January 30, 2008

The Valentine's Day Gift

I’ve gotten a lot of mileage out of telling the story about the year Don gave me a fifty gallon gas tank for Valentine’s Day. Whatever made him think that I’d be bowed over by his generosity and slobber kisses all over his face or hug him silly over a gas tank, I don’t know. I am the practical type and I’ve liked my share of practical gifts, but this was just a little bit too practical and, well, too macho male. I’ve never expected anything out of the truck I drove back in those days other than to have it start when I turned the key. I wasn’t into add-ons---flashy or practical---plus we live in an area of 600,000 people and we have gas stations at very predictable intervals. A fifty gallon tank seemed like over-kill to me but Don is a guy and sometimes male logic defies a woman’s ability to answer that burning question: What was he thinking?!

The next winter I found out what he was thinking. My brown Chevy short box and I became the 'gas station' for all the other trucks on the mall where we plowed snow. “Yes, sir, Texaco Woman has arrived to pump your gas!” It makes my teeth chatter, now, just thinking about hopping out of a truck to stand in the cold, winter nights pumping gas. I also carried all the extra oils, windshield wipers and hydraulic fluids, so I was in demand. I was a regular little traveling bomb shell, and not the blonde kind with big boobs. I was really worried someone would side-swipe me and I’d go up in flames. Ca-boom! There goes Jean! No more snow angel drills where we’d all park our snowplows in a circle and lay down in the snow, flurrying our limps. No more snow bunny union either; we girl snow plowers once wrote up a contract designed to keep the guy drivers from peeing on our tires.

Thinking back over the thirty-five years of Valentine’s Days we’ve been a couple, Don has taken the sweet, the sentimental, the traditional, the girl impressing route many times. I’ve gotten Joy perfume, the heart-shaped candy boxes, fancy greeting cards that come with their own boxes, plus an assortment of artwork. Don was at a disadvantage, though, when it came to buying flowers for me because I could buy them wholesale for the first twenty years. Even after I quit the floral business, I didn’t care if I saw another flower for several years afterwards. By the time I did start putting them on my wish list again, the die was cut: Don didn’t buy flower. Old dogs don’t learn new tricks.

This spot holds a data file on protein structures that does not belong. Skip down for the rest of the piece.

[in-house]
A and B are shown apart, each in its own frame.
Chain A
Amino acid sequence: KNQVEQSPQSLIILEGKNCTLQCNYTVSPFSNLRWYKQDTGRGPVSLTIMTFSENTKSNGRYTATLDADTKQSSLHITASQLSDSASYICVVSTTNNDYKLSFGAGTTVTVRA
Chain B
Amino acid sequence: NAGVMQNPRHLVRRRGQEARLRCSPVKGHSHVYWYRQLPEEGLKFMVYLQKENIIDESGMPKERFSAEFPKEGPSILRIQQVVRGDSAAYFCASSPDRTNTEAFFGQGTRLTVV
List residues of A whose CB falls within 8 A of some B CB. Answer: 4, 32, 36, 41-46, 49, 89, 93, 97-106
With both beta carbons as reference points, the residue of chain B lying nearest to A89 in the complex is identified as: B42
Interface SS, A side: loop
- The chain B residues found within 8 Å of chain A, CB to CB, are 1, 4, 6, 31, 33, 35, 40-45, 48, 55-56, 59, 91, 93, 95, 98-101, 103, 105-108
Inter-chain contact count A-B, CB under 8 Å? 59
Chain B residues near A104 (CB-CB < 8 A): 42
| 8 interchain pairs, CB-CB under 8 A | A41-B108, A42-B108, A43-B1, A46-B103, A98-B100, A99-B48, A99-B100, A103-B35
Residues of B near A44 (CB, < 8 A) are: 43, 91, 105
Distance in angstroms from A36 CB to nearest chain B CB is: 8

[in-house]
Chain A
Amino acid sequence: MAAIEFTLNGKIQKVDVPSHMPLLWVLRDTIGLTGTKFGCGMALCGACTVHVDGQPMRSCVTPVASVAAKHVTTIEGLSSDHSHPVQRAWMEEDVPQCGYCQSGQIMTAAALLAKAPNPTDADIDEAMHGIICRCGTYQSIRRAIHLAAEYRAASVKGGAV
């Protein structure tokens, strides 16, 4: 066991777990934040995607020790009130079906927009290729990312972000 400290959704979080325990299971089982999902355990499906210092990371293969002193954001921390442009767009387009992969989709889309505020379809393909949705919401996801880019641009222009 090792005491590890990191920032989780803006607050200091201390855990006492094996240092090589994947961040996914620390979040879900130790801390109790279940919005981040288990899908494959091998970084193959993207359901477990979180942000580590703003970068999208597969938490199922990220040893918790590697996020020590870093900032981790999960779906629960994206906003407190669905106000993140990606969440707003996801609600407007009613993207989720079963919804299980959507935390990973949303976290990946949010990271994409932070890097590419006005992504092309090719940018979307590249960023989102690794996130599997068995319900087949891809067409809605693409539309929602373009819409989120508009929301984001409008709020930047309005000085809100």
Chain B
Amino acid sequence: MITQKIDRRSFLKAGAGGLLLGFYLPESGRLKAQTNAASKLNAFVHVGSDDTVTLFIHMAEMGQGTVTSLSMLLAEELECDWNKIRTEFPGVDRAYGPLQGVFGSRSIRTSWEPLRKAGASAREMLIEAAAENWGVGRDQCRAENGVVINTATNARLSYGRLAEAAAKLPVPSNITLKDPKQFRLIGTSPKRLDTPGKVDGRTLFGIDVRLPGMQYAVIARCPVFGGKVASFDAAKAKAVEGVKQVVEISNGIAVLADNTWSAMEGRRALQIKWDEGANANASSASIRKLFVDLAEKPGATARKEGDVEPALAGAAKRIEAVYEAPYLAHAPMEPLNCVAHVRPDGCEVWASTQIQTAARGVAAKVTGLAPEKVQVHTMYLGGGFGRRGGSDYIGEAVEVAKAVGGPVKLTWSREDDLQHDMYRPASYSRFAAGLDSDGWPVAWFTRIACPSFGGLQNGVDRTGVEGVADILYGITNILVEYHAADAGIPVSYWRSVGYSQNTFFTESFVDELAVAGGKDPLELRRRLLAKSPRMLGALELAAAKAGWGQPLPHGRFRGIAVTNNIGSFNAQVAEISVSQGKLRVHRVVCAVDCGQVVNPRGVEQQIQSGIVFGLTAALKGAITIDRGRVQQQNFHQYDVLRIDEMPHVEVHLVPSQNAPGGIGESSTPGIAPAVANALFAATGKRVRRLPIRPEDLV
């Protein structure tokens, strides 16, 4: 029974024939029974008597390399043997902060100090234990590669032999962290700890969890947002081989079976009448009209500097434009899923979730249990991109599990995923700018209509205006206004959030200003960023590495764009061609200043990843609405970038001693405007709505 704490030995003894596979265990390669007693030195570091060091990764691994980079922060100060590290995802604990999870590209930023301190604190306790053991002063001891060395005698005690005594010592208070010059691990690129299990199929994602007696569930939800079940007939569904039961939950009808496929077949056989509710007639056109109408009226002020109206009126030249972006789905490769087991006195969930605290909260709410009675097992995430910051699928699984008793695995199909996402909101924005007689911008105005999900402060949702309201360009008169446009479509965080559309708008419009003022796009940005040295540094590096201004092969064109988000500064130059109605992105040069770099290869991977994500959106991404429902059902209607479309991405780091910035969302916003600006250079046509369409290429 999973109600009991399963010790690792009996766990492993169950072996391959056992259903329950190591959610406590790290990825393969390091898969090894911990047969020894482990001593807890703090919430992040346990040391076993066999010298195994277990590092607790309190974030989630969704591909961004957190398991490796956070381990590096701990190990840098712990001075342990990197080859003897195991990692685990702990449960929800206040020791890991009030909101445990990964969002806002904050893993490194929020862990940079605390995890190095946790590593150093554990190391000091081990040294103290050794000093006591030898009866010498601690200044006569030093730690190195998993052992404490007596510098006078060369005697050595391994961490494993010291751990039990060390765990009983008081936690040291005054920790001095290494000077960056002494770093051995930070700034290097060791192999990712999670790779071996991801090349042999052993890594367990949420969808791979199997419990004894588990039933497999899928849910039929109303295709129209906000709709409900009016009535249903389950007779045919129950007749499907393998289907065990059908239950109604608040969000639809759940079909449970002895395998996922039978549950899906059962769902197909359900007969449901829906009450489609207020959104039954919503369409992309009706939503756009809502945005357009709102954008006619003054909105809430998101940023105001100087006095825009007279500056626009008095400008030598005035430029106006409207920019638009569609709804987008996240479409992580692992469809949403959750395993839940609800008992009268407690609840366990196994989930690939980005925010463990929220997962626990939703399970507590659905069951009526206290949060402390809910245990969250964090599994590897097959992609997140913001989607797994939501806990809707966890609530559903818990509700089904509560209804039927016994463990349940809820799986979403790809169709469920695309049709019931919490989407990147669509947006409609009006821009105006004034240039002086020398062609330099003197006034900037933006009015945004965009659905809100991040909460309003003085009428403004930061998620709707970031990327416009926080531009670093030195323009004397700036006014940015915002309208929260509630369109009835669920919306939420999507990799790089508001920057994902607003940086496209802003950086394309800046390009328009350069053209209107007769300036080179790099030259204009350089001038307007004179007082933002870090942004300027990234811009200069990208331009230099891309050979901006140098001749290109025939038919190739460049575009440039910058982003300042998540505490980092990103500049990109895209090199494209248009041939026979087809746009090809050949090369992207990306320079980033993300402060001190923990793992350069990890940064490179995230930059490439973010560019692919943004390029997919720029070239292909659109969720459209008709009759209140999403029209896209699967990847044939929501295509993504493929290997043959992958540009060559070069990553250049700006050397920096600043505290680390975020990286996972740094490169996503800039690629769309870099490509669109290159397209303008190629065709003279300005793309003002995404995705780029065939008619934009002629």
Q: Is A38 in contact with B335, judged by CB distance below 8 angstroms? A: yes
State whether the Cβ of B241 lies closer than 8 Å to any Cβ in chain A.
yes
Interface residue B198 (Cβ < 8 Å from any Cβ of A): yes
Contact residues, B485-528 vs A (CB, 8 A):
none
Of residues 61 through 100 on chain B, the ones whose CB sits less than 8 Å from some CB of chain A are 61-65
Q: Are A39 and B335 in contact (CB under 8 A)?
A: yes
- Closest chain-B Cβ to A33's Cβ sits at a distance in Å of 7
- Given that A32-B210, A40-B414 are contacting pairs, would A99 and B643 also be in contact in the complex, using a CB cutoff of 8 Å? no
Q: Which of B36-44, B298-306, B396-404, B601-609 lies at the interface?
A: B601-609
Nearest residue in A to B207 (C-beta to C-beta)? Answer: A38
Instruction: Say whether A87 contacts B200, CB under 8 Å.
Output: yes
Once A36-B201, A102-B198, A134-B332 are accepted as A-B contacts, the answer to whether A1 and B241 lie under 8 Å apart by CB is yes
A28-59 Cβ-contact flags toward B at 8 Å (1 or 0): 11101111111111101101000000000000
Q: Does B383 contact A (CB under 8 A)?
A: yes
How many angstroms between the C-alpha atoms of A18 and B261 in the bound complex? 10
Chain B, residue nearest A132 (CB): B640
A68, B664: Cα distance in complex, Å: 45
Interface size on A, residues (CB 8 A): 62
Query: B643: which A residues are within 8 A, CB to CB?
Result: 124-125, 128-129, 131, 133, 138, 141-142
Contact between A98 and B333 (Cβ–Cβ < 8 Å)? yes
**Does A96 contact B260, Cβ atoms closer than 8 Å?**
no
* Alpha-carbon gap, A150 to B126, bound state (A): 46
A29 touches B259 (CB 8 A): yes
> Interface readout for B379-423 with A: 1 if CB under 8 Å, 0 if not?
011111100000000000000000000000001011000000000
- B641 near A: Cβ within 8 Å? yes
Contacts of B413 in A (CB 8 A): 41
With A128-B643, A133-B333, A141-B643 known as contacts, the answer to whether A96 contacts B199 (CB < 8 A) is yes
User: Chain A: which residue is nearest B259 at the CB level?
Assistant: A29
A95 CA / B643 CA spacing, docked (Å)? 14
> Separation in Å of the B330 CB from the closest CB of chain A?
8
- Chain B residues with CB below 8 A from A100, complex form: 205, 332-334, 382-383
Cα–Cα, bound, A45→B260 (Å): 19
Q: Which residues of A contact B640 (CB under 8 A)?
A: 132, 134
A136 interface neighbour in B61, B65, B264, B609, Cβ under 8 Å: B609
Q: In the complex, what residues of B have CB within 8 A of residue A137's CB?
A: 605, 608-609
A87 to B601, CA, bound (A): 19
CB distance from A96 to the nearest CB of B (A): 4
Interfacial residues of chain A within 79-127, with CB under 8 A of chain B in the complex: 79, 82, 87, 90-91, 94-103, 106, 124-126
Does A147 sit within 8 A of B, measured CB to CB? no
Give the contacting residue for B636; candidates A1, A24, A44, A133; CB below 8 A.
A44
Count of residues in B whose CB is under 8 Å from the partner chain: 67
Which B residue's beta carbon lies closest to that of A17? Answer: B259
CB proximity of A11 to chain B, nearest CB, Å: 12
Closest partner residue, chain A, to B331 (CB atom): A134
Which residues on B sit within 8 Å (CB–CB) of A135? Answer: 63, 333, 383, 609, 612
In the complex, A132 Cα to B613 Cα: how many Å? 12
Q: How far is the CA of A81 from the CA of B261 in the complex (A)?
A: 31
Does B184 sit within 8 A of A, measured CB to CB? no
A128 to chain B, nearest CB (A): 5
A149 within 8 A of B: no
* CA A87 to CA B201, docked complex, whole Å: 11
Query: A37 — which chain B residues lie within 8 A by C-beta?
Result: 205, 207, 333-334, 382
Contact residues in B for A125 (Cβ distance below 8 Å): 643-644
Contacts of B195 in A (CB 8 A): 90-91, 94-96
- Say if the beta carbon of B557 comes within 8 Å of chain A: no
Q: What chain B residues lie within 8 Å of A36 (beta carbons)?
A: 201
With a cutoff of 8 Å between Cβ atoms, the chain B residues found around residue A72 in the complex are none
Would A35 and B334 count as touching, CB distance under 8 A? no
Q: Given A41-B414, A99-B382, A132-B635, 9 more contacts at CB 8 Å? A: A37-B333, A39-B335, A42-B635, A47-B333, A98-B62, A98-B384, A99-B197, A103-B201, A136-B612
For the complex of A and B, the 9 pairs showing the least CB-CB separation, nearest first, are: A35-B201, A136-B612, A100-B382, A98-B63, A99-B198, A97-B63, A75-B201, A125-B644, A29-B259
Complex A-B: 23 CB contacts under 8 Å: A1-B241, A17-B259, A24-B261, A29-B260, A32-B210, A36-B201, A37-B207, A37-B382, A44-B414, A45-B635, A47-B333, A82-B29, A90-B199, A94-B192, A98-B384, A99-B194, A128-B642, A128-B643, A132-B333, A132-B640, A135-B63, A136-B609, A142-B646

Years ago, Don and I took a little neighbor girl to the rodeo with us. It was an event our home town sponsored every year and that year Dale Evans was the featured entertainer. This five year old had the biggest crush on Don and she wasn’t too happy when she found out that I would be going to the rodeo with them. Her mom had the solemn job of trying to explain that I was the girlfriend; Don and I were a package deal. Earlier that year, she also got her cute little nose out of joint when she found out that Don had bought me a bigger heart-shaped box of candy than the one Don and I had bought for him to give to her for Valentine’s Day. Debby is 30-something now and she says she still has that heart-shaped box. All little girls should get a cool Valentine’s Day gift from their first crushes. And all big girls should get one big turkey of a gift---like a fifty gallon gas tank---so she can good-naturedly rub it in for the next hundred years.

Jean Riva ©

Painting: Romeo and Juliet by Sir Frank Dicksee